As part of the wider regeneration of Meadowbank, the site of the former St Margaret’s Railway Locomotive Depot and Factory is being excavated and preserved for archaeological posterity.
The Meadowbank site is being redeveloped to make way for a new housing development that will become one of the capital’s ‘greenest neighbourhoods’ by incorporating low-car and low-carbon infrastructure with energy-efficient homes.
Members of the public can visit to view AOC Archeology’s work on the remains of the St Margaret’s Locomotive Turntable between 10am and 4pm on Saturday 27 August. The turntable is one of the earliest examples of its kind and a rare archaeological survival from the early days of British railway development. The approximately 20m diameter structure was the heart of St Margaret’s Works and was used to store up to 14 locomotives at a time awaiting repair.
This free event will give members of the community the chance to experience this part of Edinburgh’s industrial heritage, before parts of the site are preserved and featured as part of the Council’s public green space design for new houses at Meadowbank.
Councilor Jane Meagher, Housing, Homelessness and Fair Work Officer, said:
It seems appropriate, in a way, that we are transforming what was to be one of the most polluted parts of the city into one of the greenest areas of Edinburgh! We’re digging the area because we’re investing in the future of Meadowbank, building new affordable green homes next to our new state-of-the-art sports centre, which has also been built in line with our ambitious goal of achieving net zero emissions by 2030 .
It’s really fascinating to get a glimpse of the area’s past while we’re doing this. Wherever we build in Edinburgh, others have come before us and in this case it’s quite a trip back in time – back to the 1970s when the original Meadowbank stadium was built, to the 1960s, when coal-fired engines had been mostly replaced by power lines and the old locomotive shed stop dates back to the 1840s and the dawn of Edinburgh’s first railway lines.
Council officers are working with local people to see how we might be able to commemorate some of the finds, which I think is fantastic. They hope to be able to keep parts of the wheel exposed and create a focal point for residents moving into the 675 new homes under construction for sale and rent, of which at least 35% will be affordable and a number fully wheelchair friendly. We are also creating community amenities, with space for a new medical practice and shops, at least 14 new posts and seven apprenticeships, active travel routes to Restalrig and over £100,000 in benefit donations community by entrepreneurs to local groups.
Council archaeologist John Lawson said:
The remains of the engine turntable are a rare survival and take us back to the beginnings of our Victorian railways in the 1840s. The turntable used until the works closed in 1967 was part of one of the works of most important locomotive on the east coast of Scotland. Our work with AOC Archeology will not only help us understand both the development of the structure, but will also give us a window into the daily hard work of our railway engineers in the age of steam.
We consider these remains to be of potential national archaeological significance and these investigations will help us preserve and interpret the remains in the new development. We know from our previous consultations with the local community that the history of the old St Margaret’s Works is important. It is therefore a great opportunity for us to open the excavations to the public on August 27th.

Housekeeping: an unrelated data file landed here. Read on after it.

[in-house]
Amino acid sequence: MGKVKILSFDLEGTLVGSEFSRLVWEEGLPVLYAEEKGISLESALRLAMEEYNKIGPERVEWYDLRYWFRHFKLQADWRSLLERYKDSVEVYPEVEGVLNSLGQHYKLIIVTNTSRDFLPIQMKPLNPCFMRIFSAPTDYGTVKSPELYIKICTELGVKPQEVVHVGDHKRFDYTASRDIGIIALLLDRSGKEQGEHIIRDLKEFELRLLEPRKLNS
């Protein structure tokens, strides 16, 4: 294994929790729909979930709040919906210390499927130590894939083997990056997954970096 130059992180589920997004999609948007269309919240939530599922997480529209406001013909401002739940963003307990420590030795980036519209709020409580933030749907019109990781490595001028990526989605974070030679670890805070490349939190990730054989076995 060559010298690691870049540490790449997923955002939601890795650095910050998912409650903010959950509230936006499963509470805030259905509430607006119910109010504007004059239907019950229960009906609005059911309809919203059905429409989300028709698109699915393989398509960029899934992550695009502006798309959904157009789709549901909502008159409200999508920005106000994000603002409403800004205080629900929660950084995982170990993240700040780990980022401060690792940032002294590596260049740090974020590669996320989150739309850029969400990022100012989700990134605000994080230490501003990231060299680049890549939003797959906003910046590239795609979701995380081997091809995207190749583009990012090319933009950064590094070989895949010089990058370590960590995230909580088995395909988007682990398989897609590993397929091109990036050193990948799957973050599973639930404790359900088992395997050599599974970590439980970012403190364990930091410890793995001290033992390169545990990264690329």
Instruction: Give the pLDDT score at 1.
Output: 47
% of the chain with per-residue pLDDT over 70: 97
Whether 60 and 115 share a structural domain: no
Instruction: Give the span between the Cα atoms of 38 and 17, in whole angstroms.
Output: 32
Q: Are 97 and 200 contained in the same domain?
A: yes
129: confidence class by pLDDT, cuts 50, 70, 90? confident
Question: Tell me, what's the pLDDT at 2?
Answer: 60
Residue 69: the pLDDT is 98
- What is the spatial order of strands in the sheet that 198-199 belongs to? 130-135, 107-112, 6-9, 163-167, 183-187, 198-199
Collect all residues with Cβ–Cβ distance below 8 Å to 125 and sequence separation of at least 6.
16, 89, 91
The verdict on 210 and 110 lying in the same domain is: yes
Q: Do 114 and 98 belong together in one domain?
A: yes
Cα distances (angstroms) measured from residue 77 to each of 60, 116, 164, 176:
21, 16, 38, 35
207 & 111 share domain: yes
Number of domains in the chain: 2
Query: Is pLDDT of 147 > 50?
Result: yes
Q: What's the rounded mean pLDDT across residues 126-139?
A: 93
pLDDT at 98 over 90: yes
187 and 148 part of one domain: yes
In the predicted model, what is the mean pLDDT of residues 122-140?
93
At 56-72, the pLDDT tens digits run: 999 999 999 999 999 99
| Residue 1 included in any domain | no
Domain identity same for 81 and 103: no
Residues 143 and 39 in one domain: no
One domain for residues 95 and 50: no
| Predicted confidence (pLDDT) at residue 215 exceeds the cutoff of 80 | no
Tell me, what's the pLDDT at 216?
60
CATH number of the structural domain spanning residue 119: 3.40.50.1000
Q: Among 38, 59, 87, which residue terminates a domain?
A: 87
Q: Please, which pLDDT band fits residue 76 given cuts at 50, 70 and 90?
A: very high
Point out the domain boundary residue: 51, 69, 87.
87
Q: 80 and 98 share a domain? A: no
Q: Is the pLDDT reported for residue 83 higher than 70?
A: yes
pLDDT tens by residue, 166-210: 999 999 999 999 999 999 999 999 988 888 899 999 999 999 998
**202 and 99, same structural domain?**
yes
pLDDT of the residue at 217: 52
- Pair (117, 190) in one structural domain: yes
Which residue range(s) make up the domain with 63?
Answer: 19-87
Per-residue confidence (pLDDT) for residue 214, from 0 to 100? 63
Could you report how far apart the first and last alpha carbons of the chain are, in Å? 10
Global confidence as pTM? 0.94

Lindsay Dunbar, Field Project Manager at AOC Archaeology, said:
St. Margaret’s Railway Depot and Workshop was Edinburgh’s largest railway depot and for over 100 years, from 1845 until its closure in 1967, it was a focal point in Edinburgh. At its height, the yards could have over 200 steam locomotives on site. The works would have employed large numbers of the local population as engineers and laborers occupying them on site with the maintenance of locomotives and running gear with numerous workshops for truck building, car building, human rights wheel, metalworking, carpenters, painters as well as offices and shops. Much of the activity would have been concentrated around the hub and associated engine hangars. It is amazing to think how this now empty brownfield site was such a hive of industrial activity and these excavations seek to expose what remains of the long, demolished hub that had been crucial to the operation of the depot.
Tony Jervis of the Scottish Industrial Heritage Society (SIHS) said:
St Margaret’s Works was the main railway depot in south-east Scotland. It is therefore exciting to learn that the hub has been discovered and should be preserved for future generations. There are only three surviving railway locomotive hubs in Scotland, the nearest to Edinburgh being at Aberdeen.
John Wilson, secretary of the North British Railway Study Group, said:
It is a remarkable find, reminiscent of 120 years of railway history, which began when the North British Railway opened its line from Edinburgh to Berwick in 1846 and located its locomotive depot and works at what became known as St Margaret’s. As well as occupying an area north of the main line, the machine shed south of the line remained well known until the 1960s.
Access to the public visitor center will be from the gate along the pedestrian entrance to the new Meadowbank Sports Center on the site of what was the old stadium car park. Find the location on Google Maps.